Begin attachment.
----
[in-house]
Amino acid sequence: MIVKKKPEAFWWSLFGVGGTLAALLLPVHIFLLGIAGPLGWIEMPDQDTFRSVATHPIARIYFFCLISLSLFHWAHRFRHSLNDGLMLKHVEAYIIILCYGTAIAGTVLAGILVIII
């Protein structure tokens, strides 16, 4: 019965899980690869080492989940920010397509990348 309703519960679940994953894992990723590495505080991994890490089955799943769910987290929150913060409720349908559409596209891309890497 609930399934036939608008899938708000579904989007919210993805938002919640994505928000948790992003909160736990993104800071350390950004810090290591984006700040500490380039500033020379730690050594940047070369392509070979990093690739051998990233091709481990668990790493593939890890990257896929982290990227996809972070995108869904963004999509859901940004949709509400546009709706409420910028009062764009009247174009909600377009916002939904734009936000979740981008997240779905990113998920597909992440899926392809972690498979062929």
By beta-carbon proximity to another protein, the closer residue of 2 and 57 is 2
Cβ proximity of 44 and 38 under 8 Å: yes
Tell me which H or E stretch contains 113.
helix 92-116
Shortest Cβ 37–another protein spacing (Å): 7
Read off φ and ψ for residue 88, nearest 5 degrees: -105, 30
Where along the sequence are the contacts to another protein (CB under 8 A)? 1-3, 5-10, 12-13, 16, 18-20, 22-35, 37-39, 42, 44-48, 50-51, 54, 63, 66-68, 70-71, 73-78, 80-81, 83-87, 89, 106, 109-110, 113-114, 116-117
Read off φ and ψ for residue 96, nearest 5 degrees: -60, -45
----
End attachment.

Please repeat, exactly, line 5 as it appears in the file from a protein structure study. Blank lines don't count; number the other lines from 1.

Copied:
Cβ proximity of 44 and 38 under 8 Å: yes